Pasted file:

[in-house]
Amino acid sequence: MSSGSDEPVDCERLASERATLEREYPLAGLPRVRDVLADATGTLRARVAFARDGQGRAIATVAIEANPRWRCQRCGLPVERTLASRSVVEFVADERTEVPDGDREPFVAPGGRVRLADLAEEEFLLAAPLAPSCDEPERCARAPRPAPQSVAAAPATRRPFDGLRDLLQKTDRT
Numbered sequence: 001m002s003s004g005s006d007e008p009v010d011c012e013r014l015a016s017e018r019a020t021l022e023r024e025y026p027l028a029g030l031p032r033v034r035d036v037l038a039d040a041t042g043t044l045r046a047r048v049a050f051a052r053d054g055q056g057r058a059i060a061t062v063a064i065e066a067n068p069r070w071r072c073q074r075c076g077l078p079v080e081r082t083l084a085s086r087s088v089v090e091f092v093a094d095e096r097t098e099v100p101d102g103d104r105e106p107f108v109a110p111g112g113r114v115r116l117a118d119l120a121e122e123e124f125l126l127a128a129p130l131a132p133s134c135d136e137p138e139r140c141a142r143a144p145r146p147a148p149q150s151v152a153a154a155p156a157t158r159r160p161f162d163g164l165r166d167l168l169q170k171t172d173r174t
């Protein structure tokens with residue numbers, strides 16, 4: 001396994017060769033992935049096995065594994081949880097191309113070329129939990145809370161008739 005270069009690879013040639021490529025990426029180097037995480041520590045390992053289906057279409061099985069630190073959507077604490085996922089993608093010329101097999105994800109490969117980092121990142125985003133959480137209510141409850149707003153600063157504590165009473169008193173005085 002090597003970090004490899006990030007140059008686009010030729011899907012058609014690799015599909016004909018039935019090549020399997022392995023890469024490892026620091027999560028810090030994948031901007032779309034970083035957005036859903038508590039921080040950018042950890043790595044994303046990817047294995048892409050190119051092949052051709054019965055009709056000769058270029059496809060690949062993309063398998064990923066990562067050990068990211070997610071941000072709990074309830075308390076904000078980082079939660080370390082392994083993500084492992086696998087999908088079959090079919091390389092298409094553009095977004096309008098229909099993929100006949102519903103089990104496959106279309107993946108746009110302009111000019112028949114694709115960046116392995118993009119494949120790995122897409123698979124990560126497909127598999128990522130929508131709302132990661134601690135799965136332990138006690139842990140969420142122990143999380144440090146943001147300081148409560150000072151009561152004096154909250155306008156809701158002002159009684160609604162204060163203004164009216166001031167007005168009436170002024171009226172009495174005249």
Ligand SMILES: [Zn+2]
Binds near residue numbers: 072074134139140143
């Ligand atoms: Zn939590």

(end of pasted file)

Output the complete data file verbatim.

[in-house]
Amino acid sequence: MSSGSDEPVDCERLASERATLEREYPLAGLPRVRDVLADATGTLRARVAFARDGQGRAIATVAIEANPRWRCQRCGLPVERTLASRSVVEFVADERTEVPDGDREPFVAPGGRVRLADLAEEEFLLAAPLAPSCDEPERCARAPRPAPQSVAAAPATRRPFDGLRDLLQKTDRT
Numbered sequence: 001m002s003s004g005s006d007e008p009v010d011c012e013r014l015a016s017e018r019a020t021l022e023r024e025y026p027l028a029g030l031p032r033v034r035d036v037l038a039d040a041t042g043t044l045r046a047r048v049a050f051a052r053d054g055q056g057r058a059i060a061t062v063a064i065e066a067n068p069r070w071r072c073q074r075c076g077l078p079v080e081r082t083l084a085s086r087s088v089v090e091f092v093a094d095e096r097t098e099v100p101d102g103d104r105e106p107f108v109a110p111g112g113r114v115r116l117a118d119l120a121e122e123e124f125l126l127a128a129p130l131a132p133s134c135d136e137p138e139r140c141a142r143a144p145r146p147a148p149q150s151v152a153a154a155p156a157t158r159r160p161f162d163g164l165r166d167l168l169q170k171t172d173r174t
């Protein structure tokens with residue numbers, strides 16, 4: 001396994017060769033992935049096995065594994081949880097191309113070329129939990145809370161008739 005270069009690879013040639021490529025990426029180097037995480041520590045390992053289906057279409061099985069630190073959507077604490085996922089993608093010329101097999105994800109490969117980092121990142125985003133959480137209510141409850149707003153600063157504590165009473169008193173005085 002090597003970090004490899006990030007140059008686009010030729011899907012058609014690799015599909016004909018039935019090549020399997022392995023890469024490892026620091027999560028810090030994948031901007032779309034970083035957005036859903038508590039921080040950018042950890043790595044994303046990817047294995048892409050190119051092949052051709054019965055009709056000769058270029059496809060690949062993309063398998064990923066990562067050990068990211070997610071941000072709990074309830075308390076904000078980082079939660080370390082392994083993500084492992086696998087999908088079959090079919091390389092298409094553009095977004096309008098229909099993929100006949102519903103089990104496959106279309107993946108746009110302009111000019112028949114694709115960046116392995118993009119494949120790995122897409123698979124990560126497909127598999128990522130929508131709302132990661134601690135799965136332990138006690139842990140969420142122990143999380144440090146943001147300081148409560150000072151009561152004096154909250155306008156809701158002002159009684160609604162204060163203004164009216166001031167007005168009436170002024171009226172009495174005249």
Ligand SMILES: [Zn+2]
Binds near residue numbers: 072074134139140143
């Ligand atoms: Zn939590």